Hypnotic Hen Harriers – Jim Crumley
These mesmerising birds of prey are under threat due to unnatural grouse moors…
SNOW in August, drifting down from the north-facing flanks of the western end of the Ochil Hills, the slopes aglow in warm evening sunlight and shining green as emeralds.
Somehow the slopes never look like themselves when they wear that summer sheen, but hey…wait a minute, you said snow in August, then you said warm evening sunlight? How can there possibly be snow drifting down when it’s early August and the day is warm?
But look, up there, crossing the gully and slipping sideways and diving down like a snowball on the rampage, those are the colours of snow on the move, a fragment of avalanche.
Sometimes you run out of metaphors for hen harriers, especially the snow-shaded male of the species. Judging on pure aesthetics, few creatures in the many landscapes of Scotland are so designed to leave you rooted and breathless, pent-up with a kind of primitive wonder.
For some keepers with guns, however, your job might not allow you the luxury of primitive wonder, and the only good harrier is a dead harrier.
There are certain places in Scotland that have a track record for making birds of prey disappear, up to and including eagles – almost always in parts of the country obsessed with grouse shooting.
They protest every time some wildlife organisation or other goes public about the demise of one more harrier. They’ll tell you that when satellite tags suddenly stop working, it could be because the tag failed – they hardly ever do – and there’s no proof the bird has been illegally killed. That is often true as it’s rare that the corpse is ever found – they have become adept at disposing of dead harriers and eagles.
But in the case of the hen harrier, the weight of circumstantial evidence is huge and it’s also historic. Making hen harriers disappear is nothing new.
At the beginning of the 20th century, they had been eliminated from mainland Scotland, by men with guns, and only survived in any numbers in Orkney. The great paradox of their subsequent revival is that without the respite from grouse shooting during the two world wars – when most keepers were away fighting – it might never have happened.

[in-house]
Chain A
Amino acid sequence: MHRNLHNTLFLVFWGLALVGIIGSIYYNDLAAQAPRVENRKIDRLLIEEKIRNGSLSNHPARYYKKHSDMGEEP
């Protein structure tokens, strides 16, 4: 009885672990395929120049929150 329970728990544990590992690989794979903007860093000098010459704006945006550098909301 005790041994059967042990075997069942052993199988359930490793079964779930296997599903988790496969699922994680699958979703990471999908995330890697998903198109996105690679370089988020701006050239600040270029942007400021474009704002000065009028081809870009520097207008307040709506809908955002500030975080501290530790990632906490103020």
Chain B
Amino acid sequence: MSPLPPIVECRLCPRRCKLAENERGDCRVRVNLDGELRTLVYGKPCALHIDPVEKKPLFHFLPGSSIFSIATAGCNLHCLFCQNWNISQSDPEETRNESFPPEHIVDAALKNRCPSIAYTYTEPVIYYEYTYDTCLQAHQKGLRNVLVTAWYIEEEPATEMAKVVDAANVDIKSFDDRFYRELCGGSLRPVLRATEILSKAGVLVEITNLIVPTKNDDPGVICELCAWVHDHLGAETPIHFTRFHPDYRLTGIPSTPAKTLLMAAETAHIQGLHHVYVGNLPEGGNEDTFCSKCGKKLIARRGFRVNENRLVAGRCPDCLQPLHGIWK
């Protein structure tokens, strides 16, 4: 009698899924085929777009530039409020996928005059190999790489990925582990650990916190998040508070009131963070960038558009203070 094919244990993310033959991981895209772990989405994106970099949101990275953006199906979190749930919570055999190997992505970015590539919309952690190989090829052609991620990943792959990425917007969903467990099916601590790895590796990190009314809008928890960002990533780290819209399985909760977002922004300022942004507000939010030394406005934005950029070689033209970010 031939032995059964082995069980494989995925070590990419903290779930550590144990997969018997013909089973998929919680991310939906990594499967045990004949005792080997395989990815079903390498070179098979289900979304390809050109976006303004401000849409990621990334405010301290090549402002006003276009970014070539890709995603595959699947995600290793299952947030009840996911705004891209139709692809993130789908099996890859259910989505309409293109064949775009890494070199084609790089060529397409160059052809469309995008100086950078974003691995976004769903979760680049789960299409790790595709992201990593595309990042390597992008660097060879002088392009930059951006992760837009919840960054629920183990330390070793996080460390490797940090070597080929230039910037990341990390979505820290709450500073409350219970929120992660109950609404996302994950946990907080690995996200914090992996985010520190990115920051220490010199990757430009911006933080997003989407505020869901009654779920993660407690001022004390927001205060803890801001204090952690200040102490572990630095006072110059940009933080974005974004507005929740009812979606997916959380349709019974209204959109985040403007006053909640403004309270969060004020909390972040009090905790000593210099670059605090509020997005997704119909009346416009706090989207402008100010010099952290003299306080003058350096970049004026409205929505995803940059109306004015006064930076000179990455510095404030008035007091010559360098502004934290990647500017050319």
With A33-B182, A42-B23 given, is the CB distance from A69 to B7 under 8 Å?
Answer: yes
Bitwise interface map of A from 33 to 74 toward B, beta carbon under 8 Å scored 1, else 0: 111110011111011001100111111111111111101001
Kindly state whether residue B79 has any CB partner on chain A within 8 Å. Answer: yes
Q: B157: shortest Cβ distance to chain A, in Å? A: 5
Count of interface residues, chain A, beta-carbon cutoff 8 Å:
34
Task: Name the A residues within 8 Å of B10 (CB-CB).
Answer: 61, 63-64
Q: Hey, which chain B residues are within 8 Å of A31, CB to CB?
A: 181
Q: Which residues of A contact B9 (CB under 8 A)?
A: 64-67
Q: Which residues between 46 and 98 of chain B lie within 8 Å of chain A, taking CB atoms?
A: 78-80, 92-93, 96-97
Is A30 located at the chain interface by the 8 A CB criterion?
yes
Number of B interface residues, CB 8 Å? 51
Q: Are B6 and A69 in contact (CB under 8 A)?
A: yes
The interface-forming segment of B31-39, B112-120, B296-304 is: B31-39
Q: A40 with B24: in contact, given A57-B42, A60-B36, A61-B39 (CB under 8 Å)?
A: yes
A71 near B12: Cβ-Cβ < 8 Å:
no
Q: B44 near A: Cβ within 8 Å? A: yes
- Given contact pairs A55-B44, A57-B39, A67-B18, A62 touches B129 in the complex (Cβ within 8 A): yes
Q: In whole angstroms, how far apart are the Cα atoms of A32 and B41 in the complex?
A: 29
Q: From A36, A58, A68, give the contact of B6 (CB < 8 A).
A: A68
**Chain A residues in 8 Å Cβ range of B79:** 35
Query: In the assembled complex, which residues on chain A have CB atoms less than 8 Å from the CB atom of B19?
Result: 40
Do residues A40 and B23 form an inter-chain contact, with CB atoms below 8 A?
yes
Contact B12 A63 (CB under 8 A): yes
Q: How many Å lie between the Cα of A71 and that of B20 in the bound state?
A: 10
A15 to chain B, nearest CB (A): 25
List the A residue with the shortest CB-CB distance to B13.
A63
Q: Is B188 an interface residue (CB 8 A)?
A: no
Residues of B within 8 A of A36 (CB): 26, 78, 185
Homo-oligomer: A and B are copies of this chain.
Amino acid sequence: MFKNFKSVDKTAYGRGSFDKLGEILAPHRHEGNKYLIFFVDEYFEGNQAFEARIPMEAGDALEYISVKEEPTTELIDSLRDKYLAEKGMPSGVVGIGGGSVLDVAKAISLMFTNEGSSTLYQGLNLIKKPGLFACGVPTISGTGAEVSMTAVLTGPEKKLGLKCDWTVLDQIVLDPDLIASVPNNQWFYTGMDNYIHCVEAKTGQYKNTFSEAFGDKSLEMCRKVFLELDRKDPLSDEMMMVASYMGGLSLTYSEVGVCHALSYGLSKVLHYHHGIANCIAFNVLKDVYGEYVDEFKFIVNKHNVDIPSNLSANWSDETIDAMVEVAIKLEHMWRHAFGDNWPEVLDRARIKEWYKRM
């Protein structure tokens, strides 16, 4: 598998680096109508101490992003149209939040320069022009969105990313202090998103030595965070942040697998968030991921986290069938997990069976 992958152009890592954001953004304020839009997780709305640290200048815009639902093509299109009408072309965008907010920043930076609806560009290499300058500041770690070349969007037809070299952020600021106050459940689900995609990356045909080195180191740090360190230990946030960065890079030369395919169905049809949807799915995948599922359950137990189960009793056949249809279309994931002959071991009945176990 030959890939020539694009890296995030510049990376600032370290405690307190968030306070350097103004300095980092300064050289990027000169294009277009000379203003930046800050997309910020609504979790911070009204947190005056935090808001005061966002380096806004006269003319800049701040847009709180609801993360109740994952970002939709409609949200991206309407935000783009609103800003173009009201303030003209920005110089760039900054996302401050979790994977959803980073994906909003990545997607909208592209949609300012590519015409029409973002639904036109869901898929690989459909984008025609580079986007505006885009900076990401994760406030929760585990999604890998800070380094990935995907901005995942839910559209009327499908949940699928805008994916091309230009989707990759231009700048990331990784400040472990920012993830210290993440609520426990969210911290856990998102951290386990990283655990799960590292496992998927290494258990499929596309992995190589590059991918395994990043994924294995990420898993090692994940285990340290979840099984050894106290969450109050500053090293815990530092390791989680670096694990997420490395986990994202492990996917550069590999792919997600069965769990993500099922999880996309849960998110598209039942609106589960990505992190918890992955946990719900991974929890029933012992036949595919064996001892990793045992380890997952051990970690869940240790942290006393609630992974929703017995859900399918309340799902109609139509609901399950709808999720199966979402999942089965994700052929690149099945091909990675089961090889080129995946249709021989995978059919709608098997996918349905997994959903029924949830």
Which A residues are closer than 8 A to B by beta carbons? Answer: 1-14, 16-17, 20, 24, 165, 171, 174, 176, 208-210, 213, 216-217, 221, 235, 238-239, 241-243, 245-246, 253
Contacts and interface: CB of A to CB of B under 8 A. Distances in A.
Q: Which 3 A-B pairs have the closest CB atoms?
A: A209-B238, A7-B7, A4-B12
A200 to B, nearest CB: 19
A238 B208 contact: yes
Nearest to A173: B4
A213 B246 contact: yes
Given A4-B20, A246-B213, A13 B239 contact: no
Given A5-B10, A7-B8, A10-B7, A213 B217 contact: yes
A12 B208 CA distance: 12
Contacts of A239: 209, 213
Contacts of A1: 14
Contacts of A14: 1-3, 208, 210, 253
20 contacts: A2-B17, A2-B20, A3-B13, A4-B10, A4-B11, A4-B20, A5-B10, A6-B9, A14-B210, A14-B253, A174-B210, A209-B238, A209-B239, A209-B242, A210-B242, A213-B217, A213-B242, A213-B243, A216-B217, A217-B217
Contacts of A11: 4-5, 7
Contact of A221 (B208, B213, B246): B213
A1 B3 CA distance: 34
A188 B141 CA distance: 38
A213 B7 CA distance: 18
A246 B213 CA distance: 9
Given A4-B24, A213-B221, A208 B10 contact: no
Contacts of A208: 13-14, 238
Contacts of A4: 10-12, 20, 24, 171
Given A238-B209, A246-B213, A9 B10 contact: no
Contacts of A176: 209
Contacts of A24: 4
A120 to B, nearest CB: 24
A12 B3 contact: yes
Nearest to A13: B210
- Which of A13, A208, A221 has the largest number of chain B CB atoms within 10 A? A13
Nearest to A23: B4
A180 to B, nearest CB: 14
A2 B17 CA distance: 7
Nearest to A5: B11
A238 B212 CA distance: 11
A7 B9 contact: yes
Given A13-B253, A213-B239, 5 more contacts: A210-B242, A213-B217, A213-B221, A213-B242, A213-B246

Such was the difference in the way grouse moors were treated in wartime, that by 1946 harriers were breeding throughout the mainland once more. That population boost was strengthened by the spread of new plantation forestry into the 1970s, with the attendant bounties of voles and small birds in the first years of the new forests.
But the rationale behind killing harriers is always the same, although it is now illegal and has been since the Protection of Birds Act of 1954. Harriers are killed because some believe they kill too many young grouse.
And they need as many grouse as possible so that rich, privileged people with guns can kill them. Why? Because the rich and privileged pay good money to do it – and they do it because they enjoy killing things with guns. The birds also fetch good prices in London restaurants, and so – wait for it – “it’s good for the rural economy”.
So that’s all right then.
That is the arrogance that underpins certain landowners’ assumption that they and they alone have the right to decide which species should live and which should die – because it’s good for the rural economy. That arrogance is the rock on which Scottish land management practice founders, and birds like the hen harrier founder with it.
The licensing of grouse moors is finally creeping on to the lower echelons of the political agenda and pressure is growing for our parliament to create a system tailor-made for the Scottish situation – drawing on successful schemes already in place elsewhere in Europe.
In the meantime, wild grouse are being fed medicated grit, moors are being ravaged by muir-burning, mountain hares are being killed in vast numbers because of the perceived risk of tick infection from hare to grouse. Yet for thousands of years, before the notion of a grouse moor was invented, the mountain hare, the red grouse, and for that matter the unburned moor, and yes, the hen harriers and golden eagles, all thrived side by side.
But people seem to like killing hares with guns too.
This is what is happening to the land we know as a grouse moor, when in fact it’s just a moor that has been tampered with for centuries. Left to its own devices, it would quickly recover to a mix of heather and woodland, biodiversity would soar and grouse numbers would recover – with no grouse requiring medicated grit.
Meanwhile, on a north-facing slope of the Ochil Hills, where the high summer hill grass was long and stippled with wild flowers, and still-singing skylarks were scattered across their airy perches, and sand martins and meadow pipits fizzed through the warm air, the ever-so-slightly eerie owl face of the hunting harrier lifted from a long, slow scrutiny of the grass a yard beneath its wings.
The bird rose and banked, undersides glittering white in the sunlight – and it might be that you have been so distracted by the exquisite fluidity of the blue-grey-white upper feathers that you missed the ink black primary feathers, that sublime final flourish to the extraordinary finery that is the male hen harrier’s plumage.